In Romans 8, Paul described the world as deeply marred by sin. In this fallen world, nothing—not even creation itself—is as God originally designed. Nothing will work the way it is supposed to until that day when we will be made completely like Jesus and fully revealed as God’s sons and daughters (Romans 8:19–21).
For us and for all of creation, Paul compares the pain and groaning of this present time to the suffering of a woman in labour (8:22–23). No wonder much of life can be unpleasant! And God says it will be that way regardless of our own sin or foolishness, God’s discipline, or direct attacks of the enemy. Life in a fallen world means trials—and lots of them. Even Jesus didn’t escape the cruel caprice of a broken world.
Good News for Those in Labour
In the midst of these imperfect conditions, Paul offers encouragement. First, this period of pain is only temporary. One day soon, we will enter a glory that will make our present suffering seem insignificant in comparison (Romans 8:18).
Second, God has not left us alone in our suffering. Jesus suffered for us; we have a God who loves us with empathy. And even now, the Holy Spirit suffers along with us, groaning as He intercedes for us with the Father (8:26–27).
Third, God is using our imperfect condition to bring about a very perfect result: transforming us into the likeness of His Son (8:28–30). Can you imagine being like Jesus someday? A state of being beyond our imagination. One day He will return! And in a moment, we will be changed. What we desperately long for will become reality. In the meantime, God uses our current trials to prepare us for eternal intimacy with Him.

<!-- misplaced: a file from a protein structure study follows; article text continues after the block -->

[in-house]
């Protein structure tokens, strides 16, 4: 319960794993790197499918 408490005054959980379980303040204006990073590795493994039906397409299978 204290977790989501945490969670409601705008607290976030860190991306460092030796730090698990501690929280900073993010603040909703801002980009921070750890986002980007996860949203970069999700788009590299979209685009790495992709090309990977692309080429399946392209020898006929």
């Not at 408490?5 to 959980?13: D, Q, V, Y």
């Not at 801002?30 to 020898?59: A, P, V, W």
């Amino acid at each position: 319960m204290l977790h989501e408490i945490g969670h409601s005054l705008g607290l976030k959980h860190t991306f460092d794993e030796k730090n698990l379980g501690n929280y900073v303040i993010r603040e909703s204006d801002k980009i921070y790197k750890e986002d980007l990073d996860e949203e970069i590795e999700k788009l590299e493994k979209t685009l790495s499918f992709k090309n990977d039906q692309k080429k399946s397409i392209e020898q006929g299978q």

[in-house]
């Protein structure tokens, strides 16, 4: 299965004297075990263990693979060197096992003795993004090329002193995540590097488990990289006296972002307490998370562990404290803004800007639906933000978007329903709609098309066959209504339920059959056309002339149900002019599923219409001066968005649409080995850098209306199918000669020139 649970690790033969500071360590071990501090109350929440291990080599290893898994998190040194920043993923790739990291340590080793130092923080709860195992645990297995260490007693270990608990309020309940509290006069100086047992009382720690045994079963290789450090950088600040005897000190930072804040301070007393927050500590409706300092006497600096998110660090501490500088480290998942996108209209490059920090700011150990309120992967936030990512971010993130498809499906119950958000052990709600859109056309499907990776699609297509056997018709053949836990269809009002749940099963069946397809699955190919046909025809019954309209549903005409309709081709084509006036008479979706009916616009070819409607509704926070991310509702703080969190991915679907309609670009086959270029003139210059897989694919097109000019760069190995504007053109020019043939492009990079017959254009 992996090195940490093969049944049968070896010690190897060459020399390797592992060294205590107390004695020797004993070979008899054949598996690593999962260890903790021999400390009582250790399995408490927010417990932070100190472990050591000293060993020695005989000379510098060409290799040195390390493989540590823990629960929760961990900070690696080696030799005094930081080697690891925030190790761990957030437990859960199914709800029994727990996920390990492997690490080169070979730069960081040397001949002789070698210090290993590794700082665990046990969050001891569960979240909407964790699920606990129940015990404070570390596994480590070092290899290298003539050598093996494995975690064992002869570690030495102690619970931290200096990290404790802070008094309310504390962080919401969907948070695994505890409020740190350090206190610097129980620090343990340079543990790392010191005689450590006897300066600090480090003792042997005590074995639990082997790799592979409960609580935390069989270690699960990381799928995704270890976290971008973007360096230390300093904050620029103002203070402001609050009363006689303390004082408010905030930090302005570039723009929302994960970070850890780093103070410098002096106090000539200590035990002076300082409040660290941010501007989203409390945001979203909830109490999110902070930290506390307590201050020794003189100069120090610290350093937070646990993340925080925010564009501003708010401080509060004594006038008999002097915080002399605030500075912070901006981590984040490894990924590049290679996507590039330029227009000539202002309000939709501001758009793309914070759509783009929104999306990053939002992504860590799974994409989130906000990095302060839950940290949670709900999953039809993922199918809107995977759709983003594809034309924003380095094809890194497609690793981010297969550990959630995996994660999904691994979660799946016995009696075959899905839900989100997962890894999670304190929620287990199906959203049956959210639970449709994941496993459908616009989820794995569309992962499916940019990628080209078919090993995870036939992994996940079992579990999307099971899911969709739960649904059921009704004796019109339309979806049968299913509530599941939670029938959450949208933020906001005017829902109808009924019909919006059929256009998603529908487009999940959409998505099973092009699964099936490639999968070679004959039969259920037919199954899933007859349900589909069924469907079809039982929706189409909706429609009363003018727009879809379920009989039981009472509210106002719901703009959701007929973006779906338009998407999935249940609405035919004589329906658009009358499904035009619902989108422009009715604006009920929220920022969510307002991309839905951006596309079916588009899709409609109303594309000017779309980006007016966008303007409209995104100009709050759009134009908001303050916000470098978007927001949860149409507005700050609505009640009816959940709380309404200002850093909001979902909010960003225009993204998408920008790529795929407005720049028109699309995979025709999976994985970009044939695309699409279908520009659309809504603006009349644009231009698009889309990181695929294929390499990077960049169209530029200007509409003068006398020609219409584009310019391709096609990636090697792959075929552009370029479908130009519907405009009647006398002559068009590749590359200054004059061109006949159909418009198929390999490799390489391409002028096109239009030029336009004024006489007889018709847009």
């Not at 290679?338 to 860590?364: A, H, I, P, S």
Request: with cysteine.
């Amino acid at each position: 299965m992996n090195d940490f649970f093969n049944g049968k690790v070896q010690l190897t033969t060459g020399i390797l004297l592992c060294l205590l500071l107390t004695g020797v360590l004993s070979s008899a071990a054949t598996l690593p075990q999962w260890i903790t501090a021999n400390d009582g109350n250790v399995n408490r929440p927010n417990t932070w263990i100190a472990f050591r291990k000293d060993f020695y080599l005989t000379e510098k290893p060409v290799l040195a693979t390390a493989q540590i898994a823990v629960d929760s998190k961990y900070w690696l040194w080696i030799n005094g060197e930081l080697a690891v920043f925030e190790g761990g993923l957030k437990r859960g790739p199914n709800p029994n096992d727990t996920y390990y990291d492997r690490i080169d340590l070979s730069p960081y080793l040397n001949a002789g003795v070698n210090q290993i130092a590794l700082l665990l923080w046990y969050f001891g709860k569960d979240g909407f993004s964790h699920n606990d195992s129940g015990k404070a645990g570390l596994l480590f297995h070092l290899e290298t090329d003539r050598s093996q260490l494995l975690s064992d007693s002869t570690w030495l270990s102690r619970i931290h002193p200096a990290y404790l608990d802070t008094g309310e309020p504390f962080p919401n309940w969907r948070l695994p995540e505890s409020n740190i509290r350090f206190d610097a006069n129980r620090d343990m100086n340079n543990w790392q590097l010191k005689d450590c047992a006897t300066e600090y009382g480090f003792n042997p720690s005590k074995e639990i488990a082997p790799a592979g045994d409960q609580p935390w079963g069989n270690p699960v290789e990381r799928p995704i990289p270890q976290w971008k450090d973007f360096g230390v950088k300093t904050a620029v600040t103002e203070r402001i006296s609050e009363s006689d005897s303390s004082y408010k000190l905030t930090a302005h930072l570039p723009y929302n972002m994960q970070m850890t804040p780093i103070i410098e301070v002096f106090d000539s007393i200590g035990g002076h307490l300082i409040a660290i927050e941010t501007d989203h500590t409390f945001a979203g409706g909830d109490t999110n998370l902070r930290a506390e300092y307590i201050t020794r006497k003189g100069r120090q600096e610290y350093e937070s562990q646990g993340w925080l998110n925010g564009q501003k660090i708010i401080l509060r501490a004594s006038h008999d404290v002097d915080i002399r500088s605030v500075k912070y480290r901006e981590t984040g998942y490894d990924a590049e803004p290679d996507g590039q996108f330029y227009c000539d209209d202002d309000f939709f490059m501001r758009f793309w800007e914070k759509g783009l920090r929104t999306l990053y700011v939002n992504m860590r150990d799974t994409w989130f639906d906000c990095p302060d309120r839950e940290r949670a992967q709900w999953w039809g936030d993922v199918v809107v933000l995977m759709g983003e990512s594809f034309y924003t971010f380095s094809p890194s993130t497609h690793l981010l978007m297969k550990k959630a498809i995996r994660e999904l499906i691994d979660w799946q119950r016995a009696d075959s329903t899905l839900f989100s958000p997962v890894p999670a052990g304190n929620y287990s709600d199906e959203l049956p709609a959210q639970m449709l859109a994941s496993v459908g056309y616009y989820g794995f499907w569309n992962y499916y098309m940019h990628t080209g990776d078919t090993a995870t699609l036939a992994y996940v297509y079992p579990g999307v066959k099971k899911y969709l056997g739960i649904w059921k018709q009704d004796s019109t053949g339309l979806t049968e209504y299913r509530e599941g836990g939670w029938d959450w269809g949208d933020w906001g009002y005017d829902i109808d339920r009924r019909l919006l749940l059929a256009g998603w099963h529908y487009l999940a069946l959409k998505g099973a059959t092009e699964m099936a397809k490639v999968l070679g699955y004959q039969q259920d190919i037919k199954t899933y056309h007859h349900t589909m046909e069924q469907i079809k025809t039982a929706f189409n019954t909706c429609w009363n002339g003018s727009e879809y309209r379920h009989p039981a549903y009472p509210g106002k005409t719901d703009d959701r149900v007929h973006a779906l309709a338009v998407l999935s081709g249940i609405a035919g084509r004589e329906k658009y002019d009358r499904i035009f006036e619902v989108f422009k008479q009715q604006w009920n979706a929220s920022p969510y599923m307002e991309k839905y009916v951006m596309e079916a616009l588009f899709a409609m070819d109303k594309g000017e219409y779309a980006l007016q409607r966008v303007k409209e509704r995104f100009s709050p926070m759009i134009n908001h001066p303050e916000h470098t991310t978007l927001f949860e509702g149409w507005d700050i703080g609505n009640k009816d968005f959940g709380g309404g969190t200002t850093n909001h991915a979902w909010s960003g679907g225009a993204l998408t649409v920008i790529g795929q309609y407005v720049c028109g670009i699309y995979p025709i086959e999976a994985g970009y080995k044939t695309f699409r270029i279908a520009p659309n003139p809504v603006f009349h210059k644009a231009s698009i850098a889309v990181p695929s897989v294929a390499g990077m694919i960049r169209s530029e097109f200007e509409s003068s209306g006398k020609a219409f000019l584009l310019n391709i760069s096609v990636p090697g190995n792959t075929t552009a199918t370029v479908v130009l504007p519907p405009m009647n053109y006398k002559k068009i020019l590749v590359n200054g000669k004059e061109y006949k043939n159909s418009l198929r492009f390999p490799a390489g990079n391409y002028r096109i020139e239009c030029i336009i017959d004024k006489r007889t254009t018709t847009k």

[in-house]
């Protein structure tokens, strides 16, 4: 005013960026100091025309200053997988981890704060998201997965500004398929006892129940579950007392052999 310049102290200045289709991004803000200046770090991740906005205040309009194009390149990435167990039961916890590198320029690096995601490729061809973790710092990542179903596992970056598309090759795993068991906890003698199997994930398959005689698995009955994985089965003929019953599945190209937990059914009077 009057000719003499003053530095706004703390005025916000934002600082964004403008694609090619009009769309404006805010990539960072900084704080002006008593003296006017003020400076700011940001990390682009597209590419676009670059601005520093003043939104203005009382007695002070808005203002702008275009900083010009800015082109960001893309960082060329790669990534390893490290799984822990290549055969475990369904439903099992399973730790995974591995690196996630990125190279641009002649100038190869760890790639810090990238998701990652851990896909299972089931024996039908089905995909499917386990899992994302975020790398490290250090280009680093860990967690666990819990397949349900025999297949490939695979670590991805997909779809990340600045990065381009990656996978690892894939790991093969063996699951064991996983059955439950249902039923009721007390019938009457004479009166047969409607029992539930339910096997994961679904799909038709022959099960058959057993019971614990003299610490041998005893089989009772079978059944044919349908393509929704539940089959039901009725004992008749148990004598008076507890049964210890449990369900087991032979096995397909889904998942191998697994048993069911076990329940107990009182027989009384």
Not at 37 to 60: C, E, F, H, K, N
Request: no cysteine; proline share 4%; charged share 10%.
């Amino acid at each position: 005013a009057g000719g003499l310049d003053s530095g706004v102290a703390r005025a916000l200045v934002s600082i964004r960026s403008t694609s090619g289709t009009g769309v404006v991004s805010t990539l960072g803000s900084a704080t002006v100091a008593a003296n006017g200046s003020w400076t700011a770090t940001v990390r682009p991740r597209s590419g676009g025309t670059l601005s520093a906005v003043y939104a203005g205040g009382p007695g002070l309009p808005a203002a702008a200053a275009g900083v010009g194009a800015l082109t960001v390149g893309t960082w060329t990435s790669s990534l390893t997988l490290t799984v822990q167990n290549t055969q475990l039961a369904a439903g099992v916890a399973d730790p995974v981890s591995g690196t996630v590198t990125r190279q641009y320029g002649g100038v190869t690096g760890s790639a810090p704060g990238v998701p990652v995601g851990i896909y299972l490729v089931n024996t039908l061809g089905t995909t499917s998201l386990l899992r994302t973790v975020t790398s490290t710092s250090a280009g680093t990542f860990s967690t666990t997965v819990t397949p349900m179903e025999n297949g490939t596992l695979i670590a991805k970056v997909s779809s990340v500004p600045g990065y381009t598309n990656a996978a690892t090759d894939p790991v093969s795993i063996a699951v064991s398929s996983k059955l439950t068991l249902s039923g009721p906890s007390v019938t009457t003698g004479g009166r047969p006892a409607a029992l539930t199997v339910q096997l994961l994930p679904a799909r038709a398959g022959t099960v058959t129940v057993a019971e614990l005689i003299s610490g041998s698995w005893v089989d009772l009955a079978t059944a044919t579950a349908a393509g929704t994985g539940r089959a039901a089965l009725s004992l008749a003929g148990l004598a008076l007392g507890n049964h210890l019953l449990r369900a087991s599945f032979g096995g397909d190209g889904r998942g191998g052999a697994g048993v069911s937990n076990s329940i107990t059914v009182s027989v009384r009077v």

Finally, it’s essential to realize that when God allows trials in a fallen world, it doesn’t mean that He is angry with us or has stopped loving us. The opposite is true. As Paul wrote, “He who did not spare His own Son, but delivered Him over for us all, how will He not also with Him freely give us all things?” (8:32). Indeed, we are truly co-heirs with Christ, inheriting everything that He will receive from the Father. We just can’t see it quite yet. And so Paul reminded us that in the meantime, nothing will ever separate us from the infinite, personal love that the Father has for each one of us (8:38–39). We must resist the temptation to measure God’s love by our external circumstances. Instead, our eye of faith must look beyond our circumstances to the heart of the One who carries us through them.
Reflecting back on the episode at the church many years ago, I can see several sources that contributed to the trial:
- My own foolishness; I should have dealt with the problem when I first encountered it
- The sin of others; this man stirred up strife in the church
- The attack of Satan; he’ll stop at nothing to halt the growth and vitality of a church
Recognizing all of this, I eventually found the grace to let my frustration go and to learn from the situation.
When we face trials, we can waste our time blaming ourselves, looking for the devil behind every disappointment, wondering why God is absent—or we can accept the biblical facts. This is the world we live in. We will suffer for a while, but a much greater time approaches. In the meantime, God loves us, groans with us, and promises to use every trial for our highest, greatest good. As I look back on my trial, I can see clearly now what I did not see then. God was with me throughout my ordeal. He was faithful to give me the grace to endure the hardship and grow as a result. Today, I am stronger, wiser, and I love Him more than ever.
Taken from Graham Lyons and Greg Smith, “Does God Care about Our Suffering?” Insights (January 2005): 1–2. Copyright © 2005 by Insight for Living. All rights reserved worldwide.